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    [​IMG] That's priceless! I do not use Linux, but I'm disappointed to see them selling to AOL. Next to Blockbuster, AOL is the most evil thing on the planet. That's the reason I no longer use Netscape ~ when AOL bought them, they went downhill fast.
     
  11. Hugh M

    Hugh M Second Unit

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    the troubling part really is that AOL TW has such a media presence, that if they get control of computers, and over alot of the web we will probably never actually own a song or a dvd...they will always be streamed or rented. This will be to protect their sacred intellectual property.

    I get the feeling that once broadband is more widespread, and most of the country is using it, we will see very extreme copy protection methods as well as totally different means of distribution for media content.

    waiting for the linux cds in my mailbox.....
     
  12. Colin Dunn

    Colin Dunn Supporting Actor

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    I'm not sure I 'get' why AOL/Time-Warner would want Red Hat. After all, if they're going to sell Internet service, that service needs to be usable from as many operating system platforms as possible, not just one with limited end-user acceptance.

    I don't think Windows users will be lured away from Windows just to use America OffLine. What about their desktop productivity apps (word processor, spreadsheet, database, graphics, etc.)? What about their games?

    Most people I know of who have made the switch to Linux did so either because they hate Microsoft, or found the Windows platform technically lacking for their needs. They didn't change OSs just to use an on-line service.

    If they wanted to develop a Linux-based desktop OS or on-line service, they don't need Red Hat. All they need is the Linux source (free from the Internet) and some software developers to work on the project. And with all the hi-tech layoffs recently, it shouldn't be too difficult to hire a bunch of developers right now!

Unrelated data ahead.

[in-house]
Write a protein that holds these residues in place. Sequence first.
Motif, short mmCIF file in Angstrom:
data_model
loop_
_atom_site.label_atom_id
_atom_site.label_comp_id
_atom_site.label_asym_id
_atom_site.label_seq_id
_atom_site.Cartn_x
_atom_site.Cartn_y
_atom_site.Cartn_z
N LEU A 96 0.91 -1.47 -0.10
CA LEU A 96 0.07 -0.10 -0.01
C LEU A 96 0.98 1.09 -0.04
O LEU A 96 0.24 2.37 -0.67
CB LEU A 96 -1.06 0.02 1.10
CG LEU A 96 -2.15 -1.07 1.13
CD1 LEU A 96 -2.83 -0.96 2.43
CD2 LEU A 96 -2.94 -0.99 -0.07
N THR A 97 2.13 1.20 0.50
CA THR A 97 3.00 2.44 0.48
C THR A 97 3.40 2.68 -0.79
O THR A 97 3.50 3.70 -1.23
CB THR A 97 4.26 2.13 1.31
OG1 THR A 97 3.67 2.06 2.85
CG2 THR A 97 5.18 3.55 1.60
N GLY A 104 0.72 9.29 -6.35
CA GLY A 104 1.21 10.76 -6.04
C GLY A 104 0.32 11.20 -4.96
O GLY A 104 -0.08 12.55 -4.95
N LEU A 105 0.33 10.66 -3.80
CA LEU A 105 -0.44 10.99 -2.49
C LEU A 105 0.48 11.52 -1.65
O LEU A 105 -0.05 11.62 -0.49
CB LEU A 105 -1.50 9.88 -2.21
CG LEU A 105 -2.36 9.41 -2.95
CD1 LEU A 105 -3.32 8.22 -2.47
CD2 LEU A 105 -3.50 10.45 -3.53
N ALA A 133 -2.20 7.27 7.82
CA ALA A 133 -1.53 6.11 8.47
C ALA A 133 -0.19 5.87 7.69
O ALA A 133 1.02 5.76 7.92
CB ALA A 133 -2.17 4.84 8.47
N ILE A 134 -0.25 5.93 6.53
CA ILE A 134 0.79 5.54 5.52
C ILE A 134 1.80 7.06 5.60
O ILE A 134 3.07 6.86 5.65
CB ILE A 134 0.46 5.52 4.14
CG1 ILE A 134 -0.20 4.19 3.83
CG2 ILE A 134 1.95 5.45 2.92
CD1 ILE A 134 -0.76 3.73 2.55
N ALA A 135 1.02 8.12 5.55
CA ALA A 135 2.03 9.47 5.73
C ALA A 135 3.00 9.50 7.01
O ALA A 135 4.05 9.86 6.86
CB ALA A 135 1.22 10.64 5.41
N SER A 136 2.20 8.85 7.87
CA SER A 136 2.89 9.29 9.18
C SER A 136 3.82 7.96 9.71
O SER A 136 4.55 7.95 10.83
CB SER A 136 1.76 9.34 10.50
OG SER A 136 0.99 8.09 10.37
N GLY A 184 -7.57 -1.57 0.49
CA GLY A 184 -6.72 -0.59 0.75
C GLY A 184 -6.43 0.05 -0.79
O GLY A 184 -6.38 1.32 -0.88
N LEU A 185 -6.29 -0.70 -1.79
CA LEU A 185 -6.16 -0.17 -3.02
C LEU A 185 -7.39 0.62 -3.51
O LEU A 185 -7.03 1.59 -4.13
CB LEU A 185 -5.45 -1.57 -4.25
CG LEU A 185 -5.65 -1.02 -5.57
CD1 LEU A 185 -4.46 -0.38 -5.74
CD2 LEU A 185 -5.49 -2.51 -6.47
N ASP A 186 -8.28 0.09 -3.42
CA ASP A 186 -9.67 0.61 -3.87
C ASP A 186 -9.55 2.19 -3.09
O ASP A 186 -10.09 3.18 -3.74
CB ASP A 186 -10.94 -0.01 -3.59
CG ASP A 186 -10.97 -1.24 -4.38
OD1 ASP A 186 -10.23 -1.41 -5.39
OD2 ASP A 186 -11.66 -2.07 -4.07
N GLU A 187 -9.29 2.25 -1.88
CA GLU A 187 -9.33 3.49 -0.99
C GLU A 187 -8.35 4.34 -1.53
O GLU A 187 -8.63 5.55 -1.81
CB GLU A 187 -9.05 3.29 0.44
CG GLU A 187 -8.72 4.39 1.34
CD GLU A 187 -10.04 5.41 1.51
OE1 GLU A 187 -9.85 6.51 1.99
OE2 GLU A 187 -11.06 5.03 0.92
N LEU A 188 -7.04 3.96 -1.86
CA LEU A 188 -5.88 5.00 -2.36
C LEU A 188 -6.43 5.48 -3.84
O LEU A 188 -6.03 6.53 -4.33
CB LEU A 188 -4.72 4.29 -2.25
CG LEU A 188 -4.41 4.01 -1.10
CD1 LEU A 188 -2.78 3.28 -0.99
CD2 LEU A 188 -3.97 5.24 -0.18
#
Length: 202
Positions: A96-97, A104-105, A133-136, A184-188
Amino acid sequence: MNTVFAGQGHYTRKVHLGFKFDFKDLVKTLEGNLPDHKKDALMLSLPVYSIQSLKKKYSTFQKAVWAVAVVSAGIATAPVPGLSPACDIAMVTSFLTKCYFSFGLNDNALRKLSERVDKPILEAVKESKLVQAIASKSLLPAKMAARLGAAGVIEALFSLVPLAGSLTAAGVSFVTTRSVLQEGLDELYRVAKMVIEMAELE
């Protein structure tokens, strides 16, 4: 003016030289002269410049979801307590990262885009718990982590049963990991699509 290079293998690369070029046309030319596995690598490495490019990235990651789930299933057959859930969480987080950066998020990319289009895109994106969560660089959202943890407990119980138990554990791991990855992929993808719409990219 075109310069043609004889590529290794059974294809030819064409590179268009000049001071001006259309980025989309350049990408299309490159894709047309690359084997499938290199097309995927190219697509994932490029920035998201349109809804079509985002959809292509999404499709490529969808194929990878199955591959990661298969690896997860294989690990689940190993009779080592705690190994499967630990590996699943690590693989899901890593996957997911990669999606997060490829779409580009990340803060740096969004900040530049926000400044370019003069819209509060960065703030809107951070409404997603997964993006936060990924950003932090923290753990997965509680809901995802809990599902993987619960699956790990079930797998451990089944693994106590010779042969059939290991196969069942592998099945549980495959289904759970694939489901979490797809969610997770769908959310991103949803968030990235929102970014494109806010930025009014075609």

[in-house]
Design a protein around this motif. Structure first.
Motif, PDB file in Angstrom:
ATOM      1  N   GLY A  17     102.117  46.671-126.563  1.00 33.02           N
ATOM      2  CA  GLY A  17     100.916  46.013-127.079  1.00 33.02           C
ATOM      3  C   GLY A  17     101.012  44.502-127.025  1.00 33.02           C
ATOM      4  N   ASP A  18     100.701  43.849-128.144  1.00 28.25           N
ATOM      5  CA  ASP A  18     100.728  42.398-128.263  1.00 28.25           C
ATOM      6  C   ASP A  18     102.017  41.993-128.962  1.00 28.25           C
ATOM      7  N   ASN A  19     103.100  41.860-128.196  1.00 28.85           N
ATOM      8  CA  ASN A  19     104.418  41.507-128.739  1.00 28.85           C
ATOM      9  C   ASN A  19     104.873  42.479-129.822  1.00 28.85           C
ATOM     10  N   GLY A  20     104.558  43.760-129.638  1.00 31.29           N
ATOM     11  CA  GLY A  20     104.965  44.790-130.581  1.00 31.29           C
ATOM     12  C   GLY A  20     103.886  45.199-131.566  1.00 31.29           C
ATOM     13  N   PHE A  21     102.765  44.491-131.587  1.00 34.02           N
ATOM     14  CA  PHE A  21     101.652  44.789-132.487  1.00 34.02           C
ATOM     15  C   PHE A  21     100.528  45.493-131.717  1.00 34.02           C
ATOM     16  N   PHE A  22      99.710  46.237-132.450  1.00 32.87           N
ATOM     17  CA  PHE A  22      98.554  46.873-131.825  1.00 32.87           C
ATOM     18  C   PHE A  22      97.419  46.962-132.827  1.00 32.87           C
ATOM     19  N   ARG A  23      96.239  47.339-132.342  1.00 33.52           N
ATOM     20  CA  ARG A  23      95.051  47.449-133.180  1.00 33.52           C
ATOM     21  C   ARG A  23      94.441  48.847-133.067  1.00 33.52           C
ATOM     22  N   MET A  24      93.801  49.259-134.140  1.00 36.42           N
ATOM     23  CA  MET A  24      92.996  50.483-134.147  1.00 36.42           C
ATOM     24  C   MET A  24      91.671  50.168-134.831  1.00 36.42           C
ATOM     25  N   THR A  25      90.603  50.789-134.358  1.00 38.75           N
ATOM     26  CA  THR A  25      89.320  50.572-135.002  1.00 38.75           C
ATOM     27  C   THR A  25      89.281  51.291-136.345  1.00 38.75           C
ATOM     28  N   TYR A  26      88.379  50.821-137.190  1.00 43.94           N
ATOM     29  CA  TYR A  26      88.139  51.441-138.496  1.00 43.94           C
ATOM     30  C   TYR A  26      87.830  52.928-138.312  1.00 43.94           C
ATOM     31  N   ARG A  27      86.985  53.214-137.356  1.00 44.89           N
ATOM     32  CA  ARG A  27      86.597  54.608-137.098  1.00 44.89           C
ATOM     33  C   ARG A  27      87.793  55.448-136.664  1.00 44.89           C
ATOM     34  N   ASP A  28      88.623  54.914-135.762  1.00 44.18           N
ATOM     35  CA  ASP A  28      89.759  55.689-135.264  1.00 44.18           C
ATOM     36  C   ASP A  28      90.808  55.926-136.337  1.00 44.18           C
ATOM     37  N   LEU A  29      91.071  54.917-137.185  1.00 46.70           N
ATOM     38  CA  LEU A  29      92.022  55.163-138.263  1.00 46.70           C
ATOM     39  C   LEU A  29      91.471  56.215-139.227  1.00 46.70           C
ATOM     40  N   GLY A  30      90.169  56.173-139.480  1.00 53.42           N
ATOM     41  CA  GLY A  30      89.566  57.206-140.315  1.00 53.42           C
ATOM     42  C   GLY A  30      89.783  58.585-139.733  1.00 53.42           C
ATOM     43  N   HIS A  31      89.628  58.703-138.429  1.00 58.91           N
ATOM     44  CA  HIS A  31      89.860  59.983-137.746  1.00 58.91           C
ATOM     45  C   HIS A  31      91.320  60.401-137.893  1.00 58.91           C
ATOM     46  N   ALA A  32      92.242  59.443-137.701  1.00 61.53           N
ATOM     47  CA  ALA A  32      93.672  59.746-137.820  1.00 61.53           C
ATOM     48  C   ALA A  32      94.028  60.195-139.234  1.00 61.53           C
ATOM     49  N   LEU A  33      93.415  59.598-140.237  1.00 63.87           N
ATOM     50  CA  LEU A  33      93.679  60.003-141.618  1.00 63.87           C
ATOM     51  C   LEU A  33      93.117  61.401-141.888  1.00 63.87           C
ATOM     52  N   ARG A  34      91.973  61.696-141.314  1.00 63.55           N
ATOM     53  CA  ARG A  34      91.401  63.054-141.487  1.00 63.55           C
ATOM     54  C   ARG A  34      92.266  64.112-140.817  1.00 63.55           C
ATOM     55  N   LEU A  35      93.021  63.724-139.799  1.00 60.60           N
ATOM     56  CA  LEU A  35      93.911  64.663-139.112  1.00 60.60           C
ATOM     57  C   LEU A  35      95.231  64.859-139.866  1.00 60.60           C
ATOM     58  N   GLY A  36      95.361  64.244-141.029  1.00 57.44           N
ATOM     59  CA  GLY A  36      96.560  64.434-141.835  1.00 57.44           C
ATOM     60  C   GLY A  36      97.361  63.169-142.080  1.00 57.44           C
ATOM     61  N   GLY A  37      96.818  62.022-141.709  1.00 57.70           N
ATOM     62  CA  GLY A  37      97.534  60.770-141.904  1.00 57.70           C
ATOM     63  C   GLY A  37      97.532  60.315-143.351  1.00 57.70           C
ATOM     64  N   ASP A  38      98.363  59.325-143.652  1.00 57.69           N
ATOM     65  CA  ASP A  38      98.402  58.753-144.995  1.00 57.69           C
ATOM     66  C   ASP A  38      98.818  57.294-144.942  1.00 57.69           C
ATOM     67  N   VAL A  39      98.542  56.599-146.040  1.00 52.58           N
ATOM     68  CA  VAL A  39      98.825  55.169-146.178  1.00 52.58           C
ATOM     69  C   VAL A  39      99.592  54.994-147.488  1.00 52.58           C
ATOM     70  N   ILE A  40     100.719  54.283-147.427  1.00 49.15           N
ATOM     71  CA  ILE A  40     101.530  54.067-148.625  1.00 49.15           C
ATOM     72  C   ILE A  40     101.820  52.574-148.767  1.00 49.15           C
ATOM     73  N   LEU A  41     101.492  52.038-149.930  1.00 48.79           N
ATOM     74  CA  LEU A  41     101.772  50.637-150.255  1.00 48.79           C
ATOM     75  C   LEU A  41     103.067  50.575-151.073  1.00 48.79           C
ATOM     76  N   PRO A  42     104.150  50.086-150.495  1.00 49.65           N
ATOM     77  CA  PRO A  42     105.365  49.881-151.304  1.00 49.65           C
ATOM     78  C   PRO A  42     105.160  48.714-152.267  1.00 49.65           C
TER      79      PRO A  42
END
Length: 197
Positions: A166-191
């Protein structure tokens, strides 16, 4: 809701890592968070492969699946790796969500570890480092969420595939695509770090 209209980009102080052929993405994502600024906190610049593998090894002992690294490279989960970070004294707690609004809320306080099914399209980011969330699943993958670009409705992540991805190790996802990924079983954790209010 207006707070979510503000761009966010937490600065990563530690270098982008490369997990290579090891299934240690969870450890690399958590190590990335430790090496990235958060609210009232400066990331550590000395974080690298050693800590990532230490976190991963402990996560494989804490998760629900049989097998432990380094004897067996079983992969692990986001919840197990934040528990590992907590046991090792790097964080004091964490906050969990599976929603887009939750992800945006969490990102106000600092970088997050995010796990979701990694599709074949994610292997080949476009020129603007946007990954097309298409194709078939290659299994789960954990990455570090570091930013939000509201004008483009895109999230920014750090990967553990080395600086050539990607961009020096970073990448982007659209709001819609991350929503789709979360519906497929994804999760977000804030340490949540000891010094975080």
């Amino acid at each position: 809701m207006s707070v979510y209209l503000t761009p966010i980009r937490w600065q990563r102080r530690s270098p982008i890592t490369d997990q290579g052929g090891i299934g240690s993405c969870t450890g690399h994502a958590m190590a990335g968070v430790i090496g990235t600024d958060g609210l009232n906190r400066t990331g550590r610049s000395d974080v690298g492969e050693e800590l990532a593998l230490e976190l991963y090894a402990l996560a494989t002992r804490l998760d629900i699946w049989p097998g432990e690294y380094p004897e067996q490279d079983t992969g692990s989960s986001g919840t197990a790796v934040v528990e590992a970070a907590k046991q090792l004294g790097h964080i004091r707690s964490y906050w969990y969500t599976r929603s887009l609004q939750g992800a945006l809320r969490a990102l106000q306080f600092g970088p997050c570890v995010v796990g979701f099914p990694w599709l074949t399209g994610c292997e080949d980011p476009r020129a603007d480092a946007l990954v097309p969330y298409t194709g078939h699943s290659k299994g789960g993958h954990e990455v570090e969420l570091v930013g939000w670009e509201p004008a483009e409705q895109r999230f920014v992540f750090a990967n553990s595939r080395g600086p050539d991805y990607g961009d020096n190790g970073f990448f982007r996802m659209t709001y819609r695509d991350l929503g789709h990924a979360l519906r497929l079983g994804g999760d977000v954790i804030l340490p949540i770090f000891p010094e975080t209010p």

For a Linux variant to crush Windows, I think the following would need to be accomplished:

    1) As easy to install as Windows (almost there)

    2) As easy to customize the user desktop environment as Windows (not there yet)

    3) 100% backward-compatibility to DOS/Windows apps, including multimedia games (not there yet)

    4) Leading applications software companies targeting their development efforts to Linux, not Windows (not even close to happening yet)

    As for .NET and media companies controlling content: We, as consumers, must JUST SAY NO to "extreme" copy-protection methods. DIVX was the first salvo fired in this war, and WE WON by refusing to buy it, and convincing others not to buy it. I have a bad feeling that DIVX was only the first of many battles to come on this front.

    In the meantime, we (as consumers) must not tolerate any further erosion of our rights to own a durable, high-quality copy of recorded music or movies. So when the big media conglomerates refuse to sell unlimited-use media, opting instead just to stream or rent, walk away and find something else to entertain you.

    No one is holding a gun to your head and forcing you to watch the newest movie, buy the latest version of MS Office, etc. When these "controlled" application programs and entertainments come into production, don't buy into them. You can keep using your old version of MS Office, or switch to Linux/open-source alternatives then. Find a movie already out on DVD that you haven't seen yet, or read a book, or socialize with your friends, or do anything else.